With winter behind us and the weather warming, Mark is now focusing on creating outdoor areas where most creatures will go once they are strong enough. Many of these spaces are already completed, such as a 45×25 foot cage that has a 5,000 gallon cement pond that Mark dug himself. This will be used to rehabilitate otters. There’s a cage hidden in the woods for coyote rehabilitation, and since the arrival of three small bear cubs, Mark is working feverishly to get a 115×40 foot outdoor area ready for these youngsters. It will have high walls and lots of room for these animals to frolic and play. Also in the works is a spacious flight pen so raptors can use their wings during their rehabilitation period. Songbirds also have their own space, complete with vegetation, so when they are released they will be familiar with the outdoors.
All of these spaces were designed to keep these animals wild. “I built all these pens bigger than they are required to be because that gives the animals the best survival rate when they are released,” said Mark. “And the goal is to keep them wild, with minimal human contact.”
While Mark’s vision and determination have kept him on a steady course, he couldn’t have accomplished what he has without countless hours volunteers have donated, including men from the McNaughton Correctional Facility and WPS employees who have donated money and manpower to get many of the outdoor cages constructed. There have been lots of other citizen volunteers that have come forward also, and donations, at least so far, have seemed to come in just when they are needed.
Mark is the only animal rehabilitator that is licensed in this area to care for all wild creatures. It takes years to gain this knowledge and the certification and licenses to legally rehabilitate wild animals. There is a facility in Antigo that is licensed to rehab raptors, and there’s a rehab facility in Green Bay. The Northwoods Wildlife Center in Minocqua is not licensed to care for such creatures as loons, bears, raptors, coyotes and deer; however, bunnies, squirrels and most rodents can be rehabilitated there legally.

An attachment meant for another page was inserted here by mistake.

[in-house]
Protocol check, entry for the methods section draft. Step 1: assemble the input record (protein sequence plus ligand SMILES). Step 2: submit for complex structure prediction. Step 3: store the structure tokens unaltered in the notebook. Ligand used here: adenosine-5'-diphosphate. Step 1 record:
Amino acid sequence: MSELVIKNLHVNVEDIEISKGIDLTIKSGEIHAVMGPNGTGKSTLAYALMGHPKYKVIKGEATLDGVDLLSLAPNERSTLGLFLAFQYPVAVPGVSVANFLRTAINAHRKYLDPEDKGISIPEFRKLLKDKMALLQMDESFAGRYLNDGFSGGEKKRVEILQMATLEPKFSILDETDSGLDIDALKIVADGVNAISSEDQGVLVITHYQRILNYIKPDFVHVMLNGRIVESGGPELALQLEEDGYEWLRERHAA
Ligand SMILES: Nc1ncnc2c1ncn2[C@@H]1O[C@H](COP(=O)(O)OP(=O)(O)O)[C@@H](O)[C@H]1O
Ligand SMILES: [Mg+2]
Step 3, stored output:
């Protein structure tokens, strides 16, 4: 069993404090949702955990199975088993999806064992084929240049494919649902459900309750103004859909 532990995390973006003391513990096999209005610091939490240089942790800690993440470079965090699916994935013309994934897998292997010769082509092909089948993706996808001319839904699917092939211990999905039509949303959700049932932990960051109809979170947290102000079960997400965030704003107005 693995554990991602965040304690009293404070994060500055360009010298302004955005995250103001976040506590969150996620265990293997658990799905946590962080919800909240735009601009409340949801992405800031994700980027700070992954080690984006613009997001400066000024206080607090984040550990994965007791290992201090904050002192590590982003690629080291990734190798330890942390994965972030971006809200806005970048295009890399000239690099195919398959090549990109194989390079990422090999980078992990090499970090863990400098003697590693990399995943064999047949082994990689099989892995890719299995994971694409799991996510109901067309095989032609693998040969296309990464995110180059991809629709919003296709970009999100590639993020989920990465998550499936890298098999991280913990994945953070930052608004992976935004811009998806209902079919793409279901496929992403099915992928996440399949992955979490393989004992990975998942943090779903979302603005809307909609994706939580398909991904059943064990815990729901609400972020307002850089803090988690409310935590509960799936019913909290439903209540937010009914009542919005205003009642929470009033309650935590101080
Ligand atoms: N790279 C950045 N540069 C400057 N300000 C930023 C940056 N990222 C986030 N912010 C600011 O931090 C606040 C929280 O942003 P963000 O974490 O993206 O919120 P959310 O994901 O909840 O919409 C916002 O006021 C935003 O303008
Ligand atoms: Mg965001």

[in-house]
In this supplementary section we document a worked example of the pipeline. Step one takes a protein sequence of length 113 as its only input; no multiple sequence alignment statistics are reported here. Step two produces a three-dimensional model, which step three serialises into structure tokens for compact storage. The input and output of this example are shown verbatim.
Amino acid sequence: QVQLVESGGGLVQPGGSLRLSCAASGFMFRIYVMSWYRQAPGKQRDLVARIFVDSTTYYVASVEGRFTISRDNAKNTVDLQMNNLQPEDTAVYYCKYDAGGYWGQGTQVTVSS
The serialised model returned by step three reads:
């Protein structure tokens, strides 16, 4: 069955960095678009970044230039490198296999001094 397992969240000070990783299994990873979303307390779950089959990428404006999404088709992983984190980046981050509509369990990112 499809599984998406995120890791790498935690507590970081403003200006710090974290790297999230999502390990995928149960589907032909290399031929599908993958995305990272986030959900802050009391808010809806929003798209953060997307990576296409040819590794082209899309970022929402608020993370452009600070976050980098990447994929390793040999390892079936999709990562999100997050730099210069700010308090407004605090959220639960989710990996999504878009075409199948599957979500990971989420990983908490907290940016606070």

As Mark is quick to point out, wild animals don’t come with health insurance policies, and the costs to feed and house these creatures rises every year. For instance, two years ago a case of fawn formula was $160, today that same case is $240. Mark figures it takes about $3,000 to rehabilitate an orphaned bear cub before it can be released. At this point, Mark and Sharon consider themselves volunteers, but they do pay the interns that come and help every year.
But there are other compensations. One day last week Mark let a garter snake go that had lost its tail when it was dug up by a dog while hibernating. He holds it for a few seconds before gently releasing it on the forest floor. “I know I’ll never be rich doing this,” he said as the snake slithered slowly away. “But there’s my compensation right there-another healthy creature returning back to its habitat.”
Editor’s note: The website for Wild Instincts is wildinstincts.com. With spring upon us, more wild animals will be visible, especially babies. Mark advises before touching any wild creature to call the center for advice first. The phone numbers are (715) 490-2727 or (715) 362-WILD (9453) and they are answered 24 hours a day. For more information on wish list items, check out the website. Monetary donations can be sent to Wild Instincts, 4621 Apperson Dr., Rhinelander, WI 54501.
Associate Editor Mary Ann Doyle is available at firstname.lastname@example.org.